A former U.S. Marine is United Launch Alliance's (ULA's) lead engineer for the Emergency Detection System (EDS) that increases safety for astronauts launching atop Atlas V rockets and the Interim Cryogenic Propulsion Stage (ICPS) of NASA's Space Launch System.
"I feel very fortunate to say I am working my dream job. I am directly involved with both launching astronauts on an Atlas V, as well as getting us back to the Moon," said Joshua Bailey, the EDS certified responsible engineer (CRE).
"The position is very rewarding, and I am very passionate about the responsibility I have been given in support of these feats. We are on the edge of the next big milestone in human history and to be directly involved is humbling to say the least."
ULA developed the EDS to perform monitoring of critical systems during launch and would signal the crewed spacecraft to abort away from the rocket if a catastrophic problem was imminent.
It was added to human spaceflight launches of the Atlas V rocket when carrying Boeing's Starliner spacecraft on missions to the International Space Station and serves the same purpose for NASA's crewed Space Launch System rockets with the ULA-built ICPS second stage on lunar trips in the Artemis program.
"EDS provides crew protection against hazards or events that arise from any failed controls, anomalous behavior, or off-nominal conditions before and during flight," Bailey explained.
"While we already have a reliable and flight proven Atlas V launch vehicle, the EDS adds a critical layer of protection given our company and industry’s high safety standards for human spaceflight."
The maiden launch of the Atlas V Starliner system on the first Orbital Flight Test was equipped with EDS in a passive mode. While the EDS was functioning throughout the flight and comparing all telemetry against the abort trigger thresholds, it was not configured to signal an actual abort if necessary for the OFT-1 launch. This passive configuration provided an opportunity to collect EDS flight data before fully deploying the system in active mode. OFT-1 post-flight data reviewed by Bailey, showed nominal performance of the EDS with no abort conditions exceeded.
For the upcoming OFT-2 launch, the EDS will be operating in its active mode and capable of declaring an abort and separating the uncrewed Starliner spacecraft if a serious problem arises with the launch vehicle. The Starliner parachutes back to Earth in the unlikely event of an abort.
"My responsibility for OFT-2 is to ensure that the EDS monitors and responds appropriately to any fast-acting launch vehicle faults in order to protect the Starliner. Ensuring crew safety is my ultimate responsibility," Bailey said.
"The teams that I work with, both internally and jointly with Boeing and NASA, rigorously test any and all scenarios that the OFT-2 flight may encounter, ensuring we provide the best possible emergency system to support the commercial crew flights."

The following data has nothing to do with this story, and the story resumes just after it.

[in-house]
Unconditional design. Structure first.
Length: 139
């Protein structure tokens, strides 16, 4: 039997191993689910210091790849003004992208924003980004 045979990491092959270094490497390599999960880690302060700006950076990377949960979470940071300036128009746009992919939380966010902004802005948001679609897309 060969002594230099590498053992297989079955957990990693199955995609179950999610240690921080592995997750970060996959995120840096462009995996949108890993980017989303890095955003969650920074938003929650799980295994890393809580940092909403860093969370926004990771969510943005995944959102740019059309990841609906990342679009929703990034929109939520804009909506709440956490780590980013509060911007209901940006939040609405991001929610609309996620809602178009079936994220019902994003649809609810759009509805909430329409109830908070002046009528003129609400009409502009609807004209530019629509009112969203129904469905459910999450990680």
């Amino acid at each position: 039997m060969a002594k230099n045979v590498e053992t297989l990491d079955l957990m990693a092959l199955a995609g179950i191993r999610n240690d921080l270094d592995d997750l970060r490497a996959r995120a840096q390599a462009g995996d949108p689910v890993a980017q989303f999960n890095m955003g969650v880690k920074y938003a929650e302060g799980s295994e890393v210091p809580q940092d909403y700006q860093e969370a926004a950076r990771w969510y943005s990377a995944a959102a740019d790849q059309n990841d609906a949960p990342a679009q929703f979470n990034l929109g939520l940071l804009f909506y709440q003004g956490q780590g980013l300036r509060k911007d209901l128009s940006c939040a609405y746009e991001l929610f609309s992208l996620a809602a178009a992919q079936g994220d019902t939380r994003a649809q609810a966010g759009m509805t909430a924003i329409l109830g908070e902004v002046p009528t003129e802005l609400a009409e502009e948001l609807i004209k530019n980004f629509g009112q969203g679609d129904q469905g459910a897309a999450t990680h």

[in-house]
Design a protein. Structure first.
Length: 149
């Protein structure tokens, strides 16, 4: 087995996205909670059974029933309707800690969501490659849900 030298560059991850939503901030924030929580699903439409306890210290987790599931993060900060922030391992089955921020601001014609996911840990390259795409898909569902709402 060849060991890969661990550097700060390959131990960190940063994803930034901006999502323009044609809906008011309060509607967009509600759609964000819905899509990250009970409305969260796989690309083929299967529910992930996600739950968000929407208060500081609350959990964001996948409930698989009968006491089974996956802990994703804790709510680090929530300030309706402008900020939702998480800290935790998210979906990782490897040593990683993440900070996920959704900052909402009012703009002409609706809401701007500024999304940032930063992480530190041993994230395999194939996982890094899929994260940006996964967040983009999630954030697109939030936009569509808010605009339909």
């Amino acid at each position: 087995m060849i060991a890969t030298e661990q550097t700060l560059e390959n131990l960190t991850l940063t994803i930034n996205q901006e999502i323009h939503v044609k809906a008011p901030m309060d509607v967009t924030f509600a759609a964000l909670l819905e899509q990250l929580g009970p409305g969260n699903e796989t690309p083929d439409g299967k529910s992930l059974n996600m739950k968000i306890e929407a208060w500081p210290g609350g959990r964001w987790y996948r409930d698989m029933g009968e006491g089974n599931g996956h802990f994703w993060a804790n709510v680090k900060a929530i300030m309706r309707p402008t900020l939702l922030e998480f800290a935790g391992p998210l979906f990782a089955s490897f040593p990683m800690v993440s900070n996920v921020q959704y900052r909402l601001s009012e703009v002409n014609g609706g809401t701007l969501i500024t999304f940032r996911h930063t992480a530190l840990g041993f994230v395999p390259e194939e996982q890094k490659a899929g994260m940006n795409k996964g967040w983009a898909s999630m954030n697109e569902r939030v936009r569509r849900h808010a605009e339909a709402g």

In addition to the Starliner launches on Atlas V as part of NASA's Commercial Crew program, Bailey also serves as the EDS CRE for the crewed Artemis missions that will use the ULA-made ICPS stages atop the Space Launch System Moon rockets to launch the Lockheed Martin-produced Orion spacecraft.
"This program also incorporates a protocol translator to EDS, coined CBPO, allowing our vehicle, which talks in a specific language, to seamlessly communicate to the Orion capsule, which talks in a different language protocol," Bailey said.
"The testing effort is very involved on this program, with the addition of the CBPO to my system, and it’s my responsibility to ensure the system as a whole functions properly and is able to request or initiate an abort in the event of an emergency. Again, ensuring crew safety is my primary goal as the system owner."
Born and raised in Atlanta, Bailey joined the United States Marine Corps. fresh out of high school. He was stationed in Washington, D.C. where he served at the White House in Presidential Support Detail, and later was deployed overseas.
After his enlistment, Bailey returned home to Georgia and earned an electrical engineering degree from Kennesaw State University.
"I'm very thankful for my time spent in service, it helped give me the drive necessary to succeed at studying for an engineering degree as well as open my eyes to the aerospace industry," Bailey said.
"I began my aerospace career in 2018 when I worked at Georgia Tech Research Institute (GTRI) as a research engineer focused on RF analysis and design. Many long days were spent testing various RF and power systems in their labs, developing the skills I would eventually transfer over to my future role at ULA. I worked at GTRI for a little over a year before ULA gave me the opportunity to move to my dream location of Denver."
Bailey is an avid mountain biker and competes in Enduro mountain bike races. He joined the "snow culture" after relocating to Denver and enjoys weekly trips to snowboard in Colorado’s mountains.
"The first launch of Starliner in 2019 will always be one of the most nerve-racking and unforgettable moments of my career. Watching Atlas V clear the tower and head to space was very rewarding given it was my first mission being responsible for an entire system on one of our vehicles," Bailey said.
"Lots of studying, double and triple checking my work, and trust was put into that moment. I'll never forget the feeling of pride I had knowing we as a team nailed an instantaneous launch window and delivered an entirely new and unique vehicle configuration to space."
Atlas V will launch the OFT-2 mission on May 19 at 6:54 p.m. EDT (2254 UTC) from Space Launch Complex-41 at Cape Canaveral Space Force Station in Florida.
ULA will provide comprehensive live updates on the Atlas V countdown and flight starting at 7:30 a.m. EDT (1130 UTC) in our automatically refreshing blog. A webcast of the launch via NASA Television begins at 6 p.m. EDT (2200 UTC).